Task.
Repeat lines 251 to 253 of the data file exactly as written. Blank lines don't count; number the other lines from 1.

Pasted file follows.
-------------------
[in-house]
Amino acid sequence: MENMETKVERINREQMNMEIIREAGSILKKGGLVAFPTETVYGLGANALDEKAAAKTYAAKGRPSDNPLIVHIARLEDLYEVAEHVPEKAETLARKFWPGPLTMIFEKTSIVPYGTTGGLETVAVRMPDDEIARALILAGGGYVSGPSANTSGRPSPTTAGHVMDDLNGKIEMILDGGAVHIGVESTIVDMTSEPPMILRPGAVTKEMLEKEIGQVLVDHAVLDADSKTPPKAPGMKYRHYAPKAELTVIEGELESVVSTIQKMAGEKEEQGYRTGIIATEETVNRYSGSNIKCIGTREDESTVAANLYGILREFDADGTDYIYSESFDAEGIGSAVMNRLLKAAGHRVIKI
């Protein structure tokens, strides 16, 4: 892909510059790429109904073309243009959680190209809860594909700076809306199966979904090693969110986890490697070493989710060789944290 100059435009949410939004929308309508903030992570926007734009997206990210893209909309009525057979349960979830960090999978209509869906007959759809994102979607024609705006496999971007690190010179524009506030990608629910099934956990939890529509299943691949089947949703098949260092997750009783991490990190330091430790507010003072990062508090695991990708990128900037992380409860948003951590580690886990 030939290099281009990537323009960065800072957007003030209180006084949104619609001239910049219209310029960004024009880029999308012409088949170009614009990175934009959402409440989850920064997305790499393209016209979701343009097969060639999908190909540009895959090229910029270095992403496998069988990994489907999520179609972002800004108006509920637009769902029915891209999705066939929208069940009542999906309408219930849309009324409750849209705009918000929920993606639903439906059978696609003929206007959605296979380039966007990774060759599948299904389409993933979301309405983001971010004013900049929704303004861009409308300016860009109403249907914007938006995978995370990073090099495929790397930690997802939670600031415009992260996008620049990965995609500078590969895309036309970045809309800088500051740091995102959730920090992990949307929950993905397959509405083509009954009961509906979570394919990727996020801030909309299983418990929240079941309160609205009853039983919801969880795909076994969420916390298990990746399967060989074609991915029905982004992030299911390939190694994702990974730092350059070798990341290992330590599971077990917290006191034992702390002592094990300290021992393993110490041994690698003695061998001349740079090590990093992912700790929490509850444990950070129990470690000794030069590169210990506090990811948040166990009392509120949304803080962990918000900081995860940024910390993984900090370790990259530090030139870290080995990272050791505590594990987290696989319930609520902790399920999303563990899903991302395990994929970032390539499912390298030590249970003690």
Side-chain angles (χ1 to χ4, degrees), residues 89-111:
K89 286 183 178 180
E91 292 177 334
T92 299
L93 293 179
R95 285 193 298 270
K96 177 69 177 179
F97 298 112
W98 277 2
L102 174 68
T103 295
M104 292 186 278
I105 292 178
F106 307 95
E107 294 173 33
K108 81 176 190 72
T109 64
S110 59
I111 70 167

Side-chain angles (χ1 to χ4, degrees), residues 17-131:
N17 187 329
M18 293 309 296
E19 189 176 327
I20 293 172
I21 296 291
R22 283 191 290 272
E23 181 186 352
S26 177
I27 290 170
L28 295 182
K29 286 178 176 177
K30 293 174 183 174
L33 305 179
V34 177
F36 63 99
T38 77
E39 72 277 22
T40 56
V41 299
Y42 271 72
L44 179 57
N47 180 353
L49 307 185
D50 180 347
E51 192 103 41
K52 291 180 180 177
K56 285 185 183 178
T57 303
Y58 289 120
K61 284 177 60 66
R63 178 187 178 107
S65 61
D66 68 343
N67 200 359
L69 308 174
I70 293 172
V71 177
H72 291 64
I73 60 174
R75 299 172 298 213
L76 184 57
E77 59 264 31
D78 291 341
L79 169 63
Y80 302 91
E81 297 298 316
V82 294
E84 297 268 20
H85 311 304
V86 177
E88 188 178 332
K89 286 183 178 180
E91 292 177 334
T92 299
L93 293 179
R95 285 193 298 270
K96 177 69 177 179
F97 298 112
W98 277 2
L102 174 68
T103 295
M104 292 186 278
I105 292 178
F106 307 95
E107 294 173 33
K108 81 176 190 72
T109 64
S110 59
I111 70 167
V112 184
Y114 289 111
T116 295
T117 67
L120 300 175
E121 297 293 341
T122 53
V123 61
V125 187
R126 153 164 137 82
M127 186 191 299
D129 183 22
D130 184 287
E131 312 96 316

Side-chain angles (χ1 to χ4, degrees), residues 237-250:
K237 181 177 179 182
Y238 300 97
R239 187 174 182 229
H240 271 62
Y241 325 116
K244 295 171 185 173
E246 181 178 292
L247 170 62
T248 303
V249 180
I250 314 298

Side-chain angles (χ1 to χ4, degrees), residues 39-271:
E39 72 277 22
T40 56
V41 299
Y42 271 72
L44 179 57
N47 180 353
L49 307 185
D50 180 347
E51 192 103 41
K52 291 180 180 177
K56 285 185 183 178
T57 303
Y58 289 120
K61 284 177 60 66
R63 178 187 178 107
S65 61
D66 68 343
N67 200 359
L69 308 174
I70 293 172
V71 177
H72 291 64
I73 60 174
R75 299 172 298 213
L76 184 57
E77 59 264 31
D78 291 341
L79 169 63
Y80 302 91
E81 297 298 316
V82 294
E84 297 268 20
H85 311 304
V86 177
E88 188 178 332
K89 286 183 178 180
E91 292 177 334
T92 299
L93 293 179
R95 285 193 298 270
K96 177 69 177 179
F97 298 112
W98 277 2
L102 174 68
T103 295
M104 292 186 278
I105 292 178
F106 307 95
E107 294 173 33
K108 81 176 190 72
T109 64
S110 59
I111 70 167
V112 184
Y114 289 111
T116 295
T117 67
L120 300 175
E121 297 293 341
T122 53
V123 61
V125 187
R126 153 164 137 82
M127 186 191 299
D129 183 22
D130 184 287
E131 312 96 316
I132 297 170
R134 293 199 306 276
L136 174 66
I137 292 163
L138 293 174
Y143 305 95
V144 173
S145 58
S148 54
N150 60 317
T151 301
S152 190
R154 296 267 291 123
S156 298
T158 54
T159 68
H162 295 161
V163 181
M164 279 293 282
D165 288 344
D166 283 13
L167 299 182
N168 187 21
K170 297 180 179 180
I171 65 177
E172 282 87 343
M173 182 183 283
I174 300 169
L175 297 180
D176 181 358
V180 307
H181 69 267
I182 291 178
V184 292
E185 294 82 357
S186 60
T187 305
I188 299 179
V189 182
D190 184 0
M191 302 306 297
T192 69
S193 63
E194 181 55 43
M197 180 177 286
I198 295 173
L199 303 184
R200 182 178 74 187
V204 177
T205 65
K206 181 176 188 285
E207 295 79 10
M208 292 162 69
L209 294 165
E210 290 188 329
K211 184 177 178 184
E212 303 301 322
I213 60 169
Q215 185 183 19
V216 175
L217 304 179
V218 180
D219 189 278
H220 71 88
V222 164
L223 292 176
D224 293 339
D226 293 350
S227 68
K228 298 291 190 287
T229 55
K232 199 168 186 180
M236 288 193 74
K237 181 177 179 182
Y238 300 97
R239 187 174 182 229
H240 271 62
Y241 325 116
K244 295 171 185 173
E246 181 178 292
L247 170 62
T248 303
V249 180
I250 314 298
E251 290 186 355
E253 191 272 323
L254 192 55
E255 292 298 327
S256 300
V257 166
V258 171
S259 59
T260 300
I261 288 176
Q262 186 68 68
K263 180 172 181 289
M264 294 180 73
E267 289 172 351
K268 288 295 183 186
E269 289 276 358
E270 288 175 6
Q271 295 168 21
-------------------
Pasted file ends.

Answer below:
V222 164
L223 292 176
D224 293 339